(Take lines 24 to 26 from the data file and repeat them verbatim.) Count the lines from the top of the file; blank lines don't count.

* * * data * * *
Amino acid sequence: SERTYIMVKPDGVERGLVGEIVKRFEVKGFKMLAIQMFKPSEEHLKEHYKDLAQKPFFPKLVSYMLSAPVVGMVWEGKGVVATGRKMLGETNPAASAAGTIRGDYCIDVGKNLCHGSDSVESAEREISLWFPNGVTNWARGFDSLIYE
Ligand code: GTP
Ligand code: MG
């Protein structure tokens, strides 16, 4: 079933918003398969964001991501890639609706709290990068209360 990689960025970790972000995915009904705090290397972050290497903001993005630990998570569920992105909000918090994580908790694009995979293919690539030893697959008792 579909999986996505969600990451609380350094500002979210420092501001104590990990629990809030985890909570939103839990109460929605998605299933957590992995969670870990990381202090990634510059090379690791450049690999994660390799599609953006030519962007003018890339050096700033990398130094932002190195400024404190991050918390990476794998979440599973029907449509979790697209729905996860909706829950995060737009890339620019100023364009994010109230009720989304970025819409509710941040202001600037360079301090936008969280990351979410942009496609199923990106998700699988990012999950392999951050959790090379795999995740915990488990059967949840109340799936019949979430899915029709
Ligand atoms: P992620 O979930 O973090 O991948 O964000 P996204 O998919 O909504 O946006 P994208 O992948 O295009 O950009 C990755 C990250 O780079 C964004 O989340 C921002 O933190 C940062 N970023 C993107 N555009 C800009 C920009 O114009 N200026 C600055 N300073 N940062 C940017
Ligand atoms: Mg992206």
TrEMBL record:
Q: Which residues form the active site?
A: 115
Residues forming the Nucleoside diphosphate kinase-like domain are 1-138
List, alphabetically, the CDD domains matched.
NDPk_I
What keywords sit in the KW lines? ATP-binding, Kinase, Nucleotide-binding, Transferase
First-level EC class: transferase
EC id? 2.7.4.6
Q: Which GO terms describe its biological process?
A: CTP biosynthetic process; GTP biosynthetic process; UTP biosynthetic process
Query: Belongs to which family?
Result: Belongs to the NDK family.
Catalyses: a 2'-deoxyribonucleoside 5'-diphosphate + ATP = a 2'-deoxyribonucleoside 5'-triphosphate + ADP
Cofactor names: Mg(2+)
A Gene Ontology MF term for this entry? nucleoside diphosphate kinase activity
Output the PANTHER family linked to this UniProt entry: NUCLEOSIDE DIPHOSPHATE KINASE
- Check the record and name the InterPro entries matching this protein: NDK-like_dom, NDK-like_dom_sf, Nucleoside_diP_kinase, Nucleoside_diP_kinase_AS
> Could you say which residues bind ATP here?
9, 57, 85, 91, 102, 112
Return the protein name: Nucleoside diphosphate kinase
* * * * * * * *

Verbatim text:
- Check the record and name the InterPro entries matching this protein: NDK-like_dom, NDK-like_dom_sf, Nucleoside_diP_kinase, Nucleoside_diP_kinase_AS
> Could you say which residues bind ATP here?
9, 57, 85, 91, 102, 112